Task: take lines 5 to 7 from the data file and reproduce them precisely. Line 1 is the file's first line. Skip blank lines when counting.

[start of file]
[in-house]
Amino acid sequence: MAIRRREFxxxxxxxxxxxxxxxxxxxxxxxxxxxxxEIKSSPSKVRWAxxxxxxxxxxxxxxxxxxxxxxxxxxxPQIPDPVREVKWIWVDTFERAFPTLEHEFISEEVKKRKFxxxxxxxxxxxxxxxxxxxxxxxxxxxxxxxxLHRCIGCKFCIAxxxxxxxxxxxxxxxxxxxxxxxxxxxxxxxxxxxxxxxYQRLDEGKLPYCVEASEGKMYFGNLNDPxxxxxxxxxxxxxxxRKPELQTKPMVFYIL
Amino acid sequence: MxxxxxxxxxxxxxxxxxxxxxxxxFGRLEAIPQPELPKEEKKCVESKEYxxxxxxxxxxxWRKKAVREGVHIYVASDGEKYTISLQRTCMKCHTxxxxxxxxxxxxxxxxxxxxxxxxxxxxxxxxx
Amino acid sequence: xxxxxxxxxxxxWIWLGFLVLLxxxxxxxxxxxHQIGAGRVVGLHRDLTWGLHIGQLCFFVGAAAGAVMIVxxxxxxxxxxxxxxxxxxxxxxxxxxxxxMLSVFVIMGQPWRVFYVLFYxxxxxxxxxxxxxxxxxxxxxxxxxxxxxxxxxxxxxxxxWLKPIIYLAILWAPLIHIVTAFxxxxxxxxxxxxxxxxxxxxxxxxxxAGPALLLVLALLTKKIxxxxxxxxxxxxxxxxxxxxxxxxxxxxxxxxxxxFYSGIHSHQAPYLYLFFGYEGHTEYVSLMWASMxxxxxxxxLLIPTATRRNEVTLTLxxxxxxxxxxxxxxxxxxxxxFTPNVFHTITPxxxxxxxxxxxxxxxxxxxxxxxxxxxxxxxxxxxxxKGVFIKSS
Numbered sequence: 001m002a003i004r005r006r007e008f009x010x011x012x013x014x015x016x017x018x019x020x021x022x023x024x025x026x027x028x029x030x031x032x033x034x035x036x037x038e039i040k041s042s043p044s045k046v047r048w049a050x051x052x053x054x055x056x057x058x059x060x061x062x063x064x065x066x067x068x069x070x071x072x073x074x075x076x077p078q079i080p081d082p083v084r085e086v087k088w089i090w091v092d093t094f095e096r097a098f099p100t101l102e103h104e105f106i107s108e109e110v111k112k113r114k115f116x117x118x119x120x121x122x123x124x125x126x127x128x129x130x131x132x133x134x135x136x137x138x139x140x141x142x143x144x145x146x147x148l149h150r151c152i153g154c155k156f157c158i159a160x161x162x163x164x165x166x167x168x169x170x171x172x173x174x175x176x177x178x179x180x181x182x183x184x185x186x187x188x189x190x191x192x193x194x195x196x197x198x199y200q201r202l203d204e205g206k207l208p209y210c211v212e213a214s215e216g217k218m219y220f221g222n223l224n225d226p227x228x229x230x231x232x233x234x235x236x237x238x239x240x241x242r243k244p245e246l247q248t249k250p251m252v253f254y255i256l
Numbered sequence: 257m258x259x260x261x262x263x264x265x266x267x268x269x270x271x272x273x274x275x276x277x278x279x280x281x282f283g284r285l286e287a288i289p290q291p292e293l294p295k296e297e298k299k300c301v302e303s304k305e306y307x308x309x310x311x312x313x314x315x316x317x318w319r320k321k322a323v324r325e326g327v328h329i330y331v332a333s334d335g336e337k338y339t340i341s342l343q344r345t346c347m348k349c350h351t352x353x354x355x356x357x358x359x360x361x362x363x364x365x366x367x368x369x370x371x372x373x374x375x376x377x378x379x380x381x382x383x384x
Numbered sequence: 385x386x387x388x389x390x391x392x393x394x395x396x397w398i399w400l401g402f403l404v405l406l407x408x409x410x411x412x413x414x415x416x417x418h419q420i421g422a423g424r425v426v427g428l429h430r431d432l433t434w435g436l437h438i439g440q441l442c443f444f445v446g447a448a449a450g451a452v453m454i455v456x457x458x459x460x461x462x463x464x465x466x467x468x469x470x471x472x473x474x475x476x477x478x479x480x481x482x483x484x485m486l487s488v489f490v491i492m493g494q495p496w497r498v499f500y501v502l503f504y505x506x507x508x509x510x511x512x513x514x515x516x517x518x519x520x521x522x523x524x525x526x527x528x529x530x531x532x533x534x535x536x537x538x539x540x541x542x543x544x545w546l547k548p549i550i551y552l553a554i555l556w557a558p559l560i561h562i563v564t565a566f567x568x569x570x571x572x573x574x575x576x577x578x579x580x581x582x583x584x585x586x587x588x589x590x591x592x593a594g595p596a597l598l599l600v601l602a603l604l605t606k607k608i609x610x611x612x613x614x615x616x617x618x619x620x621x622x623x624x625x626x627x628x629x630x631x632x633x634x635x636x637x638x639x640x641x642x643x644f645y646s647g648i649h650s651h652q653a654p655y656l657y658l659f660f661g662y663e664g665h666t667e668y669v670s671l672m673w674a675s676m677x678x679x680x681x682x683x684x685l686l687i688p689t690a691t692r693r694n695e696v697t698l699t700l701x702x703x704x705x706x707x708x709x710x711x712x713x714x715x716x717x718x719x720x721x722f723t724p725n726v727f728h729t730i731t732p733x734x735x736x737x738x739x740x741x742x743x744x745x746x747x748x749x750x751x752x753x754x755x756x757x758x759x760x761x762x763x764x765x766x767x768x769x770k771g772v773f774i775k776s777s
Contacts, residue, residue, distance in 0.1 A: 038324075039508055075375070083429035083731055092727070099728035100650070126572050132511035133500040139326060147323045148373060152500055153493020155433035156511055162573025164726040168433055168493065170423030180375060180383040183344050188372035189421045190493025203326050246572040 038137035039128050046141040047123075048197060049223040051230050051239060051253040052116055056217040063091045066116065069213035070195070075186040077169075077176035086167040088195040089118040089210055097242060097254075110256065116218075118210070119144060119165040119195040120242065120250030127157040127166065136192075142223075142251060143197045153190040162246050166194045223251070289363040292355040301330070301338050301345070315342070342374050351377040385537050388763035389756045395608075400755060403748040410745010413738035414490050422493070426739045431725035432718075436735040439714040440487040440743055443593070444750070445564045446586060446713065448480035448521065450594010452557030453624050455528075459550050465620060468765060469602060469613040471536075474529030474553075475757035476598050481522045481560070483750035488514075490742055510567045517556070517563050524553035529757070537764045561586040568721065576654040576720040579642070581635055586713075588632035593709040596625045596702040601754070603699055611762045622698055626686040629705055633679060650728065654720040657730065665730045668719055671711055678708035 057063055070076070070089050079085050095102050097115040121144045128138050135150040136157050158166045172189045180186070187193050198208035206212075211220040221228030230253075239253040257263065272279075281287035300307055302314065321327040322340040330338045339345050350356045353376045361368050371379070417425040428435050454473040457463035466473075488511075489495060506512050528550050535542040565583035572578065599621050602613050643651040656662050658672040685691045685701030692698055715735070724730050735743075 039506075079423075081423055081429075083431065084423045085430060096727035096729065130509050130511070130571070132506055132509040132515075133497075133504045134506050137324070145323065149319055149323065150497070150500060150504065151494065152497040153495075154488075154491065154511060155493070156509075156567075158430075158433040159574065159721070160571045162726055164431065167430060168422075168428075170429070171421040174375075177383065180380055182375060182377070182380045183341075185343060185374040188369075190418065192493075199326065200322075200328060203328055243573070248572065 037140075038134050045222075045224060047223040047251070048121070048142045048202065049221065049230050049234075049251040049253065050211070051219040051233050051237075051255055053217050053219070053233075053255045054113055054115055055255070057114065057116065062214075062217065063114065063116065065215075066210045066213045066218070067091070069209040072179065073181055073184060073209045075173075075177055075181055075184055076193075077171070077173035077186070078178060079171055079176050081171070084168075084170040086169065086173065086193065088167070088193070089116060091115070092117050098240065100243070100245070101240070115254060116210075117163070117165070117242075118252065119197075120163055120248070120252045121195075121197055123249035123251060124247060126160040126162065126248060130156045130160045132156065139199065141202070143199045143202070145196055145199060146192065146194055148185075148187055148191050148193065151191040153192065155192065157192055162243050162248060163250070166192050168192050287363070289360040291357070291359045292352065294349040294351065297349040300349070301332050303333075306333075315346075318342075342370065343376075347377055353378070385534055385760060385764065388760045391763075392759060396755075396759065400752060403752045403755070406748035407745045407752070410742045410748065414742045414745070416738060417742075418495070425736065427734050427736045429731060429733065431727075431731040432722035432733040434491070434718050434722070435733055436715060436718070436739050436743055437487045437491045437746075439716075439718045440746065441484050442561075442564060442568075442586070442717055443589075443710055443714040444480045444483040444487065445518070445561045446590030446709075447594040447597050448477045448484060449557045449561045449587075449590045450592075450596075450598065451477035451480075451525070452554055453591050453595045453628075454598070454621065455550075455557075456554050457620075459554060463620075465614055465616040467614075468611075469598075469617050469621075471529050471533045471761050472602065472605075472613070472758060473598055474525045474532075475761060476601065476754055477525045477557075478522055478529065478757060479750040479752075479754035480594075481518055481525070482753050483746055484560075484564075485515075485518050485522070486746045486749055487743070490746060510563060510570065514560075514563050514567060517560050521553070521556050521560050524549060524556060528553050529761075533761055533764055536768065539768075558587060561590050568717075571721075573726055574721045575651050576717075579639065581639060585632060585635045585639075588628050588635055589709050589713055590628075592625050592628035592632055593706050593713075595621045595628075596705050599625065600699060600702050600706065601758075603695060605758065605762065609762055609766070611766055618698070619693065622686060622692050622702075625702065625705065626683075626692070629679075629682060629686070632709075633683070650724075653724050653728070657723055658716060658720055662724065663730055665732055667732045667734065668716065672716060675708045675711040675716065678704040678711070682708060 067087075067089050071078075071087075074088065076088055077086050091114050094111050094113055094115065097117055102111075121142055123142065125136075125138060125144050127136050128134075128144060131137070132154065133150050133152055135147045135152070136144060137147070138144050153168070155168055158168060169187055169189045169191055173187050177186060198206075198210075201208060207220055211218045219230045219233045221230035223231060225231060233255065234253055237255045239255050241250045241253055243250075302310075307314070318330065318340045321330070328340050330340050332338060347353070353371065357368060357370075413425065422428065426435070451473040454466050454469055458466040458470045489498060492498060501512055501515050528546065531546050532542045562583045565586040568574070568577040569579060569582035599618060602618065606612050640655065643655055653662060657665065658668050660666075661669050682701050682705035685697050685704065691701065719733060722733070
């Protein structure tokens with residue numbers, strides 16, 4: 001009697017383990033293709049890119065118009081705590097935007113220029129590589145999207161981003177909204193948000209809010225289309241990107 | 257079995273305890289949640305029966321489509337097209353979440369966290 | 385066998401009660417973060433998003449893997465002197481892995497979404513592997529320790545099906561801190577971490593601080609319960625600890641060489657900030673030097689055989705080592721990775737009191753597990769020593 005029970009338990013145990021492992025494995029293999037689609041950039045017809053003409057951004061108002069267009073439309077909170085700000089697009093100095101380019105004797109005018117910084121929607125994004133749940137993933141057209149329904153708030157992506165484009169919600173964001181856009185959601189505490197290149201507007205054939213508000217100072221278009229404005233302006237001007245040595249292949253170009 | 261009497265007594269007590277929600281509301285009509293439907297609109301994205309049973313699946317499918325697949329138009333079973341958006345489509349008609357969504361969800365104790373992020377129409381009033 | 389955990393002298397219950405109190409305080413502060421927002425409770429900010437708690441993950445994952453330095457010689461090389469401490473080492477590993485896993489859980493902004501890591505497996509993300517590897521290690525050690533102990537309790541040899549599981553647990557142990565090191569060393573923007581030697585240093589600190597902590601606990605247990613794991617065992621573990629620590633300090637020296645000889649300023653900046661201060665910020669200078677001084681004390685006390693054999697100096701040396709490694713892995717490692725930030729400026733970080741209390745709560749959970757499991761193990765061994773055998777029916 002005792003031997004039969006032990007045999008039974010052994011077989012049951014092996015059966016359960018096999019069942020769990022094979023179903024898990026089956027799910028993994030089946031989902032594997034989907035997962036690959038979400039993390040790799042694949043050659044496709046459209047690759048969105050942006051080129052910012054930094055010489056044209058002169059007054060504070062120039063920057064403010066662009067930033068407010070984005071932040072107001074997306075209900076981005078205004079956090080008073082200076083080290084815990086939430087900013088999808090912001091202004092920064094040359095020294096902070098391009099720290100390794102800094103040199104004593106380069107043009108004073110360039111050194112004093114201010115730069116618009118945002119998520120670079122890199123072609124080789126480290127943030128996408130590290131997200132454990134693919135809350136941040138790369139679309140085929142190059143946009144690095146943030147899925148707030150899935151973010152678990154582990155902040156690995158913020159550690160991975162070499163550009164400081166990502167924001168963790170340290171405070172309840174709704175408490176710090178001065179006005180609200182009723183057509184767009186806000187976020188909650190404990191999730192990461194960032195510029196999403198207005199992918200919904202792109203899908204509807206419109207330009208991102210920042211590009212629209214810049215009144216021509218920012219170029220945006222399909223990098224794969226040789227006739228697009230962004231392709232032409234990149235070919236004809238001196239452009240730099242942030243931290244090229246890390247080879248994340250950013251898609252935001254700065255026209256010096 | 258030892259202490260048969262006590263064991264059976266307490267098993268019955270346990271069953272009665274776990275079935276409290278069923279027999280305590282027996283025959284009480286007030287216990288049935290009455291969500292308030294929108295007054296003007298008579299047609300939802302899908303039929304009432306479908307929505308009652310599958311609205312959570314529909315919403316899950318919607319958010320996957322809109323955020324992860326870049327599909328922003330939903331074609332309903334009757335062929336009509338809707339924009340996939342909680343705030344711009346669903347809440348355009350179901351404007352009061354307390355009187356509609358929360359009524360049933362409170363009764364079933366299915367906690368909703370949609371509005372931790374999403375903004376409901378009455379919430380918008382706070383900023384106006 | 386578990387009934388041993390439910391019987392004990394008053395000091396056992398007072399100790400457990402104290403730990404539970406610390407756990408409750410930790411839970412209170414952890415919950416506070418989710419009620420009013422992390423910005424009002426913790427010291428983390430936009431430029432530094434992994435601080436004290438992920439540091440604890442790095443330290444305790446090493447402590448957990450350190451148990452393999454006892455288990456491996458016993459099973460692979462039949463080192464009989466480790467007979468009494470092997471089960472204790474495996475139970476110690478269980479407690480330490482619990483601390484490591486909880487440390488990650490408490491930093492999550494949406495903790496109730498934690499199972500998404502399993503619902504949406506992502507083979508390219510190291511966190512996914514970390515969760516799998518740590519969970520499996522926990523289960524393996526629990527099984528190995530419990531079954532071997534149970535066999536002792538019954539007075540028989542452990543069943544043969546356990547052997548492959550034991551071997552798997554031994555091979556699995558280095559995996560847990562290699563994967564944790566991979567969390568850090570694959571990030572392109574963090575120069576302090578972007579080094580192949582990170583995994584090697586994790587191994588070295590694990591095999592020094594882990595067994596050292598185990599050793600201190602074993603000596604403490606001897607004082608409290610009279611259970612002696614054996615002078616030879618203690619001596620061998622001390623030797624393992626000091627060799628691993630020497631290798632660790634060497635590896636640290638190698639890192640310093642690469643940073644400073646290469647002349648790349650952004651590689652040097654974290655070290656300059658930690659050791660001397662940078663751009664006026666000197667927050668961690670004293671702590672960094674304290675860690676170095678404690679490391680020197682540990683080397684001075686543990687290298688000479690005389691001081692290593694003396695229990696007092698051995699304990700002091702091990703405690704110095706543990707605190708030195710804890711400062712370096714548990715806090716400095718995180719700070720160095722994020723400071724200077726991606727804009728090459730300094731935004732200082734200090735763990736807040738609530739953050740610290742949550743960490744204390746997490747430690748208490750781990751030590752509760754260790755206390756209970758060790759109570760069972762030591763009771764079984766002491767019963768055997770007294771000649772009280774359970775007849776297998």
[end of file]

Numbered sequence: 001m002a003i004r005r006r007e008f009x010x011x012x013x014x015x016x017x018x019x020x021x022x023x024x025x026x027x028x029x030x031x032x033x034x035x036x037x038e039i040k041s042s043p044s045k046v047r048w049a050x051x052x053x054x055x056x057x058x059x060x061x062x063x064x065x066x067x068x069x070x071x072x073x074x075x076x077p078q079i080p081d082p083v084r085e086v087k088w089i090w091v092d093t094f095e096r097a098f099p100t101l102e103h104e105f106i107s108e109e110v111k112k113r114k115f116x117x118x119x120x121x122x123x124x125x126x127x128x129x130x131x132x133x134x135x136x137x138x139x140x141x142x143x144x145x146x147x148l149h150r151c152i153g154c155k156f157c158i159a160x161x162x163x164x165x166x167x168x169x170x171x172x173x174x175x176x177x178x179x180x181x182x183x184x185x186x187x188x189x190x191x192x193x194x195x196x197x198x199y200q201r202l203d204e205g206k207l208p209y210c211v212e213a214s215e216g217k218m219y220f221g222n223l224n225d226p227x228x229x230x231x232x233x234x235x236x237x238x239x240x241x242r243k244p245e246l247q248t249k250p251m252v253f254y255i256l
Numbered sequence: 257m258x259x260x261x262x263x264x265x266x267x268x269x270x271x272x273x274x275x276x277x278x279x280x281x282f283g284r285l286e287a288i289p290q291p292e293l294p295k296e297e298k299k300c301v302e303s304k305e306y307x308x309x310x311x312x313x314x315x316x317x318w319r320k321k322a323v324r325e326g327v328h329i330y331v332a333s334d335g336e337k338y339t340i341s342l343q344r345t346c347m348k349c350h351t352x353x354x355x356x357x358x359x360x361x362x363x364x365x366x367x368x369x370x371x372x373x374x375x376x377x378x379x380x381x382x383x384x
Numbered sequence: 385x386x387x388x389x390x391x392x393x394x395x396x397w398i399w400l401g402f403l404v405l406l407x408x409x410x411x412x413x414x415x416x417x418h419q420i421g422a423g424r425v426v427g428l429h430r431d432l433t434w435g436l437h438i439g440q441l442c443f444f445v446g447a448a449a450g451a452v453m454i455v456x457x458x459x460x461x462x463x464x465x466x467x468x469x470x471x472x473x474x475x476x477x478x479x480x481x482x483x484x485m486l487s488v489f490v491i492m493g494q495p496w497r498v499f500y501v502l503f504y505x506x507x508x509x510x511x512x513x514x515x516x517x518x519x520x521x522x523x524x525x526x527x528x529x530x531x532x533x534x535x536x537x538x539x540x541x542x543x544x545w546l547k548p549i550i551y552l553a554i555l556w557a558p559l560i561h562i563v564t565a566f567x568x569x570x571x572x573x574x575x576x577x578x579x580x581x582x583x584x585x586x587x588x589x590x591x592x593a594g595p596a597l598l599l600v601l602a603l604l605t606k607k608i609x610x611x612x613x614x615x616x617x618x619x620x621x622x623x624x625x626x627x628x629x630x631x632x633x634x635x636x637x638x639x640x641x642x643x644f645y646s647g648i649h650s651h652q653a654p655y656l657y658l659f660f661g662y663e664g665h666t667e668y669v670s671l672m673w674a675s676m677x678x679x680x681x682x683x684x685l686l687i688p689t690a691t692r693r694n695e696v697t698l699t700l701x702x703x704x705x706x707x708x709x710x711x712x713x714x715x716x717x718x719x720x721x722f723t724p725n726v727f728h729t730i731t732p733x734x735x736x737x738x739x740x741x742x743x744x745x746x747x748x749x750x751x752x753x754x755x756x757x758x759x760x761x762x763x764x765x766x767x768x769x770k771g772v773f774i775k776s777s